Você está na página 1de 6


• 1 Goal
• 2 Design
• 3 Configuration
• 4 Related show
• 6 Related
Configure basic load balancing (Layer 3) where client traffic enters on one VLAN and is bridged to servers
residing on a second VLAN, while the VIP and server IPs reside in the same network.

Clients will send application requests through the multilayer switch feature card (MSFC), which routes them
to a virtual IP address (VIP) within the Cisco® Application Control Engine (ACE). The VIP used in this
example resides in an ACE context, which is configured with a client VLAN and a server VLAN (Figure 1),
and a Bridge Group Virtual Interface (BVI) to tie the VLANs together in a bridge-group. Client requests will
arrive at the VIP, and the ACE will pick the appropriate server and then use the destination Network Address
Translation (NAT) to send the client request to the server. The server will respond using the interface VLAN
of the MSFC as its default gateway to the client. The ACE will then change the source IP to be the VIP and
bridge the traffic to the MSFC. The MSFC will then forward the response to the client.

Note: This document will not cover the design and configuration of the basic load balancing
configuration; as this is covered in the Basic Load Balancing Using Bridged Mode on the Cisco
Application Control Engine Configuration Example.

The Cisco ACE needs to be configured via access control lists (ACLs) to allow traffic into the ACE data
plane. After the ACL checks are made, a service policy, which is applied to the interface, is used to classify
traffic destined for the VIP. The VIP is associated with a load-balancing action within the multimatch policy.
The load-balancing action tells the ACE how to handle traffic that has been directed to a VIP. In this
example, all traffic is sent to a server farm, where it is distributed in round-robin fashion to one of five real
servers. The ACE configuration occurs in layers, such that it builds from the real IPs to applying the VIP on
an interface. Due to this layered structure, it is optimal to create the configuration by working backward from

Contents 1
the way the flow is processed. Thus, to enable server load balancing you need to do the following:

• Enable ACLs to allow data traffic through the ACE device, as it is denied by default.
• Configure the IPs of the servers (define rservers).
• Group the real servers (create a server farm).
• Define the virtual IP address (VIP).
• Define how traffic is to be handled as it is received (create a policy map for load-balancing).
• Associate a VIP to a handling action (create a multimatch policy map [a service policy])
• Create client- and server-facing interfaces and a BVI to join them.
• Apply the VIP and ACL permitting client connections to the interface (apply access group and
service policy to interface).

To begin the configuration, create an access list for permitting client connections.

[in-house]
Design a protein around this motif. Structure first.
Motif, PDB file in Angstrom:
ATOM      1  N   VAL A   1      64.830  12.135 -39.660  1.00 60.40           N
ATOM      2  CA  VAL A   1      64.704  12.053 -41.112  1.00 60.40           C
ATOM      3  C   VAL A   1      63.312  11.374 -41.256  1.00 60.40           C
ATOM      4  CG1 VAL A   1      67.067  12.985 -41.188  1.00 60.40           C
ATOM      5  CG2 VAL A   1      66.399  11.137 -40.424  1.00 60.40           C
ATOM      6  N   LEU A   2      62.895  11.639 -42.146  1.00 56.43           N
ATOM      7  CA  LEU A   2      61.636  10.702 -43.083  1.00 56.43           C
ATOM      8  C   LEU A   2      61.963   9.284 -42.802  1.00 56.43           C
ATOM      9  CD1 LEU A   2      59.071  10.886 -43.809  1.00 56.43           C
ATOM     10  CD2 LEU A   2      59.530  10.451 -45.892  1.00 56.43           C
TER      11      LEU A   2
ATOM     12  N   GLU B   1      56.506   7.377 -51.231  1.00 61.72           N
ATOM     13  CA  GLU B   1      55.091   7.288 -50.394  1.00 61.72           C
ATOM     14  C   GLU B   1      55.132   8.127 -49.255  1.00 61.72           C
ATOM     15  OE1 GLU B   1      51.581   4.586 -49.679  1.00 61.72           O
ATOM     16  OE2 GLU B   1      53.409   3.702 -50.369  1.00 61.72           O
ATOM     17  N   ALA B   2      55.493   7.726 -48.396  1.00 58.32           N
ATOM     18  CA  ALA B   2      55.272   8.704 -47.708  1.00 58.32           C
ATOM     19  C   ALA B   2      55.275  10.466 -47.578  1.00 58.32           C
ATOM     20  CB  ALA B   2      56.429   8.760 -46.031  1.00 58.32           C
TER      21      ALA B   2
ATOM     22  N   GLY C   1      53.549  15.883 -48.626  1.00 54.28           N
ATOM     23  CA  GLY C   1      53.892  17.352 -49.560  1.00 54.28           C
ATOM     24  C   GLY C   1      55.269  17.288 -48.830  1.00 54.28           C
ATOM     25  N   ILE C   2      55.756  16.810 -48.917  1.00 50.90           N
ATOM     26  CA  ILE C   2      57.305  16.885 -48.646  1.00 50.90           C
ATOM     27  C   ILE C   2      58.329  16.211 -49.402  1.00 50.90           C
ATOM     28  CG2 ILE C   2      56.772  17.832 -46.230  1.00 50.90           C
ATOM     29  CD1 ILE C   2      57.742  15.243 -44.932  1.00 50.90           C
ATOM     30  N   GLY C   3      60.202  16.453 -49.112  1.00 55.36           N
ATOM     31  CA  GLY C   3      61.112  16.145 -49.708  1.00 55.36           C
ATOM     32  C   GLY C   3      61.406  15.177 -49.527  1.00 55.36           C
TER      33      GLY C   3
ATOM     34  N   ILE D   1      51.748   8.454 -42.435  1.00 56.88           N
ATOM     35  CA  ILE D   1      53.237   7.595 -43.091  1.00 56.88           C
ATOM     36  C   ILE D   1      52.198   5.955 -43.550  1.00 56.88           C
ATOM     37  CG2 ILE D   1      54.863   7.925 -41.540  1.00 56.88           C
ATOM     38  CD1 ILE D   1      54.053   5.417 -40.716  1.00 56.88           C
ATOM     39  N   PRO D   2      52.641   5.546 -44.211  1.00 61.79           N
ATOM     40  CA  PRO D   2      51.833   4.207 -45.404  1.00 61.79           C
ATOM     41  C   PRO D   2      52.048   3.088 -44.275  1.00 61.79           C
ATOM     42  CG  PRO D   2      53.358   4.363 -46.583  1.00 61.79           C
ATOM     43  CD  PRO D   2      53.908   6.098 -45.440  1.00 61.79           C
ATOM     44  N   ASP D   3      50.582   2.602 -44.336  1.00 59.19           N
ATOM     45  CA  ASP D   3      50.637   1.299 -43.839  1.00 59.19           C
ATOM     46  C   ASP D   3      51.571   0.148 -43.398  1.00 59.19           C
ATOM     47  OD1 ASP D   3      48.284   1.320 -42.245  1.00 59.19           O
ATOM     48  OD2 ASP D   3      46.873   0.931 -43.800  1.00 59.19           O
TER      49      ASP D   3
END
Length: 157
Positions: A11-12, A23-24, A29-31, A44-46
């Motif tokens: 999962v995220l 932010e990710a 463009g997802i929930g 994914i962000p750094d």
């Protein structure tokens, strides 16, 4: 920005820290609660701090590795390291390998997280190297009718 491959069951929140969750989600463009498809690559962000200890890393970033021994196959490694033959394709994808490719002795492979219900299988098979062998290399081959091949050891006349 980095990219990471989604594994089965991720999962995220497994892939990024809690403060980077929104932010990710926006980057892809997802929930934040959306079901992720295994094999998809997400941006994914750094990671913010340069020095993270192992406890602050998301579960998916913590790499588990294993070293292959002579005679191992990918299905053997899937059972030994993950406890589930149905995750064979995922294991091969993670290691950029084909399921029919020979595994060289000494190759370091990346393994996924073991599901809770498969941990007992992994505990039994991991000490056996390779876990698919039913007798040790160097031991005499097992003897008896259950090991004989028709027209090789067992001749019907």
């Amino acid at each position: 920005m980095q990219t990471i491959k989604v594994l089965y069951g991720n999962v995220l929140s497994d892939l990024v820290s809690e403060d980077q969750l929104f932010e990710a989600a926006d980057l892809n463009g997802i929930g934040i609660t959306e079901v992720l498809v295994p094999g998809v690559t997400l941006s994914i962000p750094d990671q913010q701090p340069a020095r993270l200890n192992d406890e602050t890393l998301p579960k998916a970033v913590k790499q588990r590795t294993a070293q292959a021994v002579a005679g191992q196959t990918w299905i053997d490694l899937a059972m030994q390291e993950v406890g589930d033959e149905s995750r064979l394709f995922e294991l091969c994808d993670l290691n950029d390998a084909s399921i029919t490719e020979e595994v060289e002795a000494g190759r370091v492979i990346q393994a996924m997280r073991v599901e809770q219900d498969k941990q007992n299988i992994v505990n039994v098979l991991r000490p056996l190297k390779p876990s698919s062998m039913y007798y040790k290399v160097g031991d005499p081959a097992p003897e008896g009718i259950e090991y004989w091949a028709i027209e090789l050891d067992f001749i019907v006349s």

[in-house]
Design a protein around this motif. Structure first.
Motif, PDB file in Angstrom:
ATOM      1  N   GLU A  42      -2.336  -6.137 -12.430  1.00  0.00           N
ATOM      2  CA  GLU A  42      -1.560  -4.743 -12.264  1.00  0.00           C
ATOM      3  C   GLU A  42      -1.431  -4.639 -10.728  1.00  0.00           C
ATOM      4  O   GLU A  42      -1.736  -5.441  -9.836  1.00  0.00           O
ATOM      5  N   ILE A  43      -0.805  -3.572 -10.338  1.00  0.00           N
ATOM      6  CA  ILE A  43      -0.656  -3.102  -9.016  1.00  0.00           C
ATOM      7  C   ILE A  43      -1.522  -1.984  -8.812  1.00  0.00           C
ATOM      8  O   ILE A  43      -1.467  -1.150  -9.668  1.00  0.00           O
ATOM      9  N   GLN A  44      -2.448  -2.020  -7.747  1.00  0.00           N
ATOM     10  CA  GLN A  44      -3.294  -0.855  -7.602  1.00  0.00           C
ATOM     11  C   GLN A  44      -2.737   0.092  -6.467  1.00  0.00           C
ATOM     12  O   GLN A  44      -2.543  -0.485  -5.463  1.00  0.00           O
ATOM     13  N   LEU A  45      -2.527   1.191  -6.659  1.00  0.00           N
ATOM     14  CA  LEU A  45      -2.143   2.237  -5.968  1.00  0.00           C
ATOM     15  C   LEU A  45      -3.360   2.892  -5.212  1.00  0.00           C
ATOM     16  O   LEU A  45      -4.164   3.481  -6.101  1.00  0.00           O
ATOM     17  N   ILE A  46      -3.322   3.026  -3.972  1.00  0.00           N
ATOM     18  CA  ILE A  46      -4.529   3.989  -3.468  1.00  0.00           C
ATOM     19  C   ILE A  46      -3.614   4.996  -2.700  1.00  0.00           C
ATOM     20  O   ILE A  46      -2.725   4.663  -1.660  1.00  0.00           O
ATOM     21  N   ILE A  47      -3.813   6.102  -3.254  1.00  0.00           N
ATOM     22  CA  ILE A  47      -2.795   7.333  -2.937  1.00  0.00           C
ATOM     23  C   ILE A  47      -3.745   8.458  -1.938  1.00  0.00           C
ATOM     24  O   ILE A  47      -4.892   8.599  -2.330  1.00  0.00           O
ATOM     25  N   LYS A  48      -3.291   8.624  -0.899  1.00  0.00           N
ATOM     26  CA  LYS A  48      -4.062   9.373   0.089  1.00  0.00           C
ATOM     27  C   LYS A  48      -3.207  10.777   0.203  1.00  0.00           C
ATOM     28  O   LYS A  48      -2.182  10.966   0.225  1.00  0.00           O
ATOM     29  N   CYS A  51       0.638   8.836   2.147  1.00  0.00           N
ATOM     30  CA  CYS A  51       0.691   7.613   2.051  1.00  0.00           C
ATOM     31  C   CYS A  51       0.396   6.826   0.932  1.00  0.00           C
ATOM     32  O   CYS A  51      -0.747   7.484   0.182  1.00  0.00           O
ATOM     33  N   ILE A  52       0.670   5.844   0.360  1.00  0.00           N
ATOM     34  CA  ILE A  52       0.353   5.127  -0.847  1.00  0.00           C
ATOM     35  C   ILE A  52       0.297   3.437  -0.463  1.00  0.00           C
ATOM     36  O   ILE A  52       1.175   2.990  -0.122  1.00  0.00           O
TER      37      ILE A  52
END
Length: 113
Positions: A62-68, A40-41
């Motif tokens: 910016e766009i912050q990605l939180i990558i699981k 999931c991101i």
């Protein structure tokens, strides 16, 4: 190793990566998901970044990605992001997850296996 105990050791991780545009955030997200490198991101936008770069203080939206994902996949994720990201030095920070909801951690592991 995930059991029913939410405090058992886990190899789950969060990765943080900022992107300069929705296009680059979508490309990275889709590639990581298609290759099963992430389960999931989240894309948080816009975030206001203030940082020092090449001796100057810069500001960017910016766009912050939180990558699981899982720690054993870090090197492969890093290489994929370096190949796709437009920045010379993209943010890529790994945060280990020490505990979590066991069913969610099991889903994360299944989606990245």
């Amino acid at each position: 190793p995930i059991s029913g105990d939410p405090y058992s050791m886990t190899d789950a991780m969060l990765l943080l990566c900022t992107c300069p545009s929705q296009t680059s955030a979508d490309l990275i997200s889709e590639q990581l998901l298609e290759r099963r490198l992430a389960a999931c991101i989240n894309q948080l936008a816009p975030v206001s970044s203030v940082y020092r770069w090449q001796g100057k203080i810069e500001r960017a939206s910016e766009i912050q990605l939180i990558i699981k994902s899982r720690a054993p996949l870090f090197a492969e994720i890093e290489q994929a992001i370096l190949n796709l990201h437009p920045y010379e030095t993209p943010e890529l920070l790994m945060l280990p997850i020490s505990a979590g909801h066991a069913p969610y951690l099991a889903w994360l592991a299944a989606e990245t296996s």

ACE-1/bridged(config)# access-list everyone extended permit ip any any

ACE-1/bridged(config)# access-list everyone extended permit icmp any any

Note: Although this example shows a ?permit any any,? it is recommended that ACLs be used to permit
only the traffic you want allow through the Cisco ACE. In the past, server load-balancing (SLB)
devices have used the VIP and port alone to protect servers. Within the ACE, ACLs are processed
first, and thus dropping traffic using an ACL requires fewer resources than dropping it once it
passes the ACLs and reaches the VIP.
The Cisco ACE needs to know the IP address of the servers available to handle client connections. The
rserver command is used to define the IP address of the service. In addition, each rserver must be place in
service for it to be used. The benefit of this design is that no matter how many applications or services an
rserver hosts, the entire real server can be completely removed from the load-balancing rotation by issuing a
single ?no inservice? or ?no inservice-standby? command at the rserver level. This is very beneficial for users
needing to upgrade or patch an rserver, because they no longer have to go to each application and remove
each instance of the rserver.

ACE-1/bridged(config)# rserver lnx1

ACE-1/bridged(config-rserver-host)# ip add
ACE-1/bridged(config-rserver-host)# inservice
ACE-1/bridged(config-rserver-host)# rserver lnx2
ACE-1/bridged(config-rserver-host)# ip add
ACE-1/bridged(config-rserver-host)# inservice
ACE-1/bridged(config-rserver-host)# rserver lnx3
ACE-1/bridged(config-rserver-host)# ip add
ACE-1/bridged(config-rserver-host)# inservice
ACE-1/bridged(config-rserver-host)# rserver lnx4
ACE-1/bridged(config-rserver-host)# ip add
ACE-1/bridged(config-rserver-host)# inservice
ACE-1/bridged(config-rserver-host)# rserver lnx5
ACE-1/bridged(config-rserver-host)# ip add
ACE-1/bridged(config-rserver-host)# inservice

Now group the rservers to be used to handle client connections using two serverfarms. Again the rservers
must be placed inservice. This allows a single instance of an rserver to be manually removed from rotation.

ACE-1/bridged(config)# serverfarm webfarm

ACE-1/bridged(config-sfarm-host)# rserver lnx1
ACE-1/bridged(config-sfarm-host-rs)# inservice
ACE-1/bridged(config-sfarm-host-rs)# rserver lnx2
ACE-1/bridged(config-sfarm-host-rs)# inservice

ACE-1/bridged(config)# serverfarm imagefarm

ACE-1/bridged(config-sfarm-host)# rserver lnx3

Configuration 2
ACE-1/bridged(config-sfarm-host-rs)# inservice
ACE-1/bridged(config-sfarm-host-rs)# rserver lnx4
ACE-1/bridged(config-sfarm-host-rs)# inservice
ACE-1/bridged(config-sfarm-host-rs)# exit

Use a class-map to define the VIP where clients will be sending their requests.

ACE-1/bridged(config)# class-map slb-vip

ACE-1/bridged(config-cmap)# match virtual-address tcp eq 80

Next define an http class to match URLs requesting images. This is done using a simple http url match on the